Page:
Leaving the clinic, I whipped on my sunglasses, made a follow-up appointment and walked outside to the busy street, where it was cold, grey and rainy. I stepped aside to call the Mister and let him know how it went, and as I did, I noticed a girl who was walking by looked at me strangely, as if to question why I'd be wearing dark sunglasses on a clearly not-sunny day.

I glared back at her.

Maybe I looked like a celebrity after all.


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Sandra Miller said...

Terrific post, Lyrehca.

Congrats on the phenomenal test results (you must post the U/S shot here!), the successful zappage, and on finally being able to come out of the closet!

Kevin said...

Hey L,

I'm very happy that you've shared your wonderful news with your family and that they can now share in your excitement.

I'm also happy that your second laser treatment went off well. For the record, my doc told me the number of zaps I got in each eye was about twice the number you got. I have no idea what an "average" treatment would be.

Hope you continue to have a super-star pregnancy!

Minnesota Nice said...

Good gracious - you are just sailing through all of this excitement/intensity like a pro.
May the waters ahead be smooth.

Allison said...



I know you've been pregnant for awhile and that we all knew it here on the O.C., but now that you made it officially official I just feel like I should congratulate you once more, especially since it looks like you'll have a very healthy baby ::knock on wood::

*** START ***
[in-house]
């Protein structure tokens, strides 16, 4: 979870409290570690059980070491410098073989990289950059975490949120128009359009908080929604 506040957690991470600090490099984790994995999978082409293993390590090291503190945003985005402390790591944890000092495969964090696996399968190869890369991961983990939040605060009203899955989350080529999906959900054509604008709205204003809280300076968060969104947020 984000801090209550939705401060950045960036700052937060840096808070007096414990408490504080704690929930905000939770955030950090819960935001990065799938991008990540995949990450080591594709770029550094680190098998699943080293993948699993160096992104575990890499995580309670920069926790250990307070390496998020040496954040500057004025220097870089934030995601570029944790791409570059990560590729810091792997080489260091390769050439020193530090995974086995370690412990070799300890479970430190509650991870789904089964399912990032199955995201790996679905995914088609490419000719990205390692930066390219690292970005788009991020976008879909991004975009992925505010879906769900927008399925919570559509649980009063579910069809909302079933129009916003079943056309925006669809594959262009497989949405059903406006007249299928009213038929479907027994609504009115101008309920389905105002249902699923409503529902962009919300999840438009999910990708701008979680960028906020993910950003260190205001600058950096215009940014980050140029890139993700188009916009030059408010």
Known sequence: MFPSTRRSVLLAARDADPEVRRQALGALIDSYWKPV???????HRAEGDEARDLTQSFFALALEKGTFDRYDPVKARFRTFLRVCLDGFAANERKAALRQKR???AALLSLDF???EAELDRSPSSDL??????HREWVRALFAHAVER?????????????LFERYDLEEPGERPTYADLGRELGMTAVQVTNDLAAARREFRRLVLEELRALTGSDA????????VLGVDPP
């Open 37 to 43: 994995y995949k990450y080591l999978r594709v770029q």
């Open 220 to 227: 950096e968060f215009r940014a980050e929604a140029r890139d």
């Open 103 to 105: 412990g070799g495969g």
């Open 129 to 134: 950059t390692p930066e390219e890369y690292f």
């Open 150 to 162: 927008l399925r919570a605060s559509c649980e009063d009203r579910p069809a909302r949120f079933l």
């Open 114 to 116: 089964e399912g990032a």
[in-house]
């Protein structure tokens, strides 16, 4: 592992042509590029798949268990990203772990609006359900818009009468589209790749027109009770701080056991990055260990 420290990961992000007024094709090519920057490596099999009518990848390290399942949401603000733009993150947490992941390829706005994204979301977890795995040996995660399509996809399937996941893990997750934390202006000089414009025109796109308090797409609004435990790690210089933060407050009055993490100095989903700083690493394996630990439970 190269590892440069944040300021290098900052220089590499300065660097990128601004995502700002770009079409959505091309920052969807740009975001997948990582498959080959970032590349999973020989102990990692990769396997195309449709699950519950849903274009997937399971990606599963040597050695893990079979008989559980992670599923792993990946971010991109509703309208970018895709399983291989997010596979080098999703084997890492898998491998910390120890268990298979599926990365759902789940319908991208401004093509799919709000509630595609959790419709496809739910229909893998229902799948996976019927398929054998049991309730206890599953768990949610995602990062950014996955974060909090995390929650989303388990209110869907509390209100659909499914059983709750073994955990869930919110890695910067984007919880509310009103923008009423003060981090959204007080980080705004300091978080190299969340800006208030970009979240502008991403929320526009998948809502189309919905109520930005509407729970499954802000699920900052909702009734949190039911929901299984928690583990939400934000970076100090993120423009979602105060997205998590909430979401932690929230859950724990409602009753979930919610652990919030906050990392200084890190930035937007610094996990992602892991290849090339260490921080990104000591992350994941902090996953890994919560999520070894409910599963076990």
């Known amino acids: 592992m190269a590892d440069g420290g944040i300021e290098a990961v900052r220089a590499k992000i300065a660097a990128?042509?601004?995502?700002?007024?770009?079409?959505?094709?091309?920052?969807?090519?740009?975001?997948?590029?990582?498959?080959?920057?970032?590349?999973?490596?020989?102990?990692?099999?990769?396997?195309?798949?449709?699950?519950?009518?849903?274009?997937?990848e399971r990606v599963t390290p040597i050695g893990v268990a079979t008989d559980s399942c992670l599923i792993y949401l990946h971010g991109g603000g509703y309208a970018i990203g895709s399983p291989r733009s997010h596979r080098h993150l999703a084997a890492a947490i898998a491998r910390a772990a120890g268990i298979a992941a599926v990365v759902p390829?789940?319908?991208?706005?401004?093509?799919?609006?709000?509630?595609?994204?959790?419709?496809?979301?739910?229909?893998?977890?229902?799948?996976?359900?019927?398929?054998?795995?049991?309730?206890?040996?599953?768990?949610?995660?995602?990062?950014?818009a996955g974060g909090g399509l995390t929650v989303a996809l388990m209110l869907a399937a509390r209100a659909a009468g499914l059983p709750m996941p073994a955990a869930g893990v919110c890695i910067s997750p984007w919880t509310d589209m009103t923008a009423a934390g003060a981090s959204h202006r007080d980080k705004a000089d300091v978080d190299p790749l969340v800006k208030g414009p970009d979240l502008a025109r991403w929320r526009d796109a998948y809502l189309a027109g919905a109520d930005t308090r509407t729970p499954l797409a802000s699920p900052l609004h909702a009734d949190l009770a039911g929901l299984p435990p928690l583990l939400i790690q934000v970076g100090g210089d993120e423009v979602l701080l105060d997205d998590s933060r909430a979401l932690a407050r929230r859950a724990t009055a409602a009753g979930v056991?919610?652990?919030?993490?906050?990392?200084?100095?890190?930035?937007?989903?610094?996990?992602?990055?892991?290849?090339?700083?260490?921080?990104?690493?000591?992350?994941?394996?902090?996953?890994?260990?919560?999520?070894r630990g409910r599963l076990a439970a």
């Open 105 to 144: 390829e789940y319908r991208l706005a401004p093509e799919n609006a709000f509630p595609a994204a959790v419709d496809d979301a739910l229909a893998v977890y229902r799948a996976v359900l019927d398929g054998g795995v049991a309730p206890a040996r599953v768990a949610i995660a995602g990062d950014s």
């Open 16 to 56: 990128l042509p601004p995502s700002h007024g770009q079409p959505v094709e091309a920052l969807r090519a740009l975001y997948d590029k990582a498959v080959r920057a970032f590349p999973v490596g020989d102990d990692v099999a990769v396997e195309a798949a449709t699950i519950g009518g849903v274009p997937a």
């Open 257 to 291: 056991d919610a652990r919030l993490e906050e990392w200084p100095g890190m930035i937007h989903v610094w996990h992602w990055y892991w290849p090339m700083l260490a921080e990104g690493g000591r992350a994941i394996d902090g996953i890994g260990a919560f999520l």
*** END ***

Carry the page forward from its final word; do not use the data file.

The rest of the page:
Scott K. Johnson said...

A celebrity in my book for sure!!

We're all just so happy for you guys!

The Town Criers said...

Isn't that the best--finally telling people? I'm so glad that everything is going well. Yeah!

By the way, our kids were born on my husband's grandfather's birthday and we named our son after him (we're also Jewish). I never really thought about the naming thing until I saw how much joy it brought his wife (my husband's grandmother). It makes her feel a connection to him still through our son. And our son displays so many traits that were part of her husband (can we say neat-freak?). A name can be a very powerful thing...

namaste said...

Congratulations on a wonderful ultrasound! That's got to be such a relief.
As must have been the happy response to the news that a new one is joining your family. Such a good week for you! :)

Penny said...

I'm so happy you can finally share your joy outside of the blogasphere. Very glad that things are going just as they should.

Jill said...

Congratulations on the great nuchal fold test and on getting to share the wonderful news!

serenity said...

SO glad to hear that you're out now with a capital O - and the results of the nuchal fold sound fantastic!

Great news all around. YES!

BetterCell said...

Congratulations to You and Mister Lyrecha!!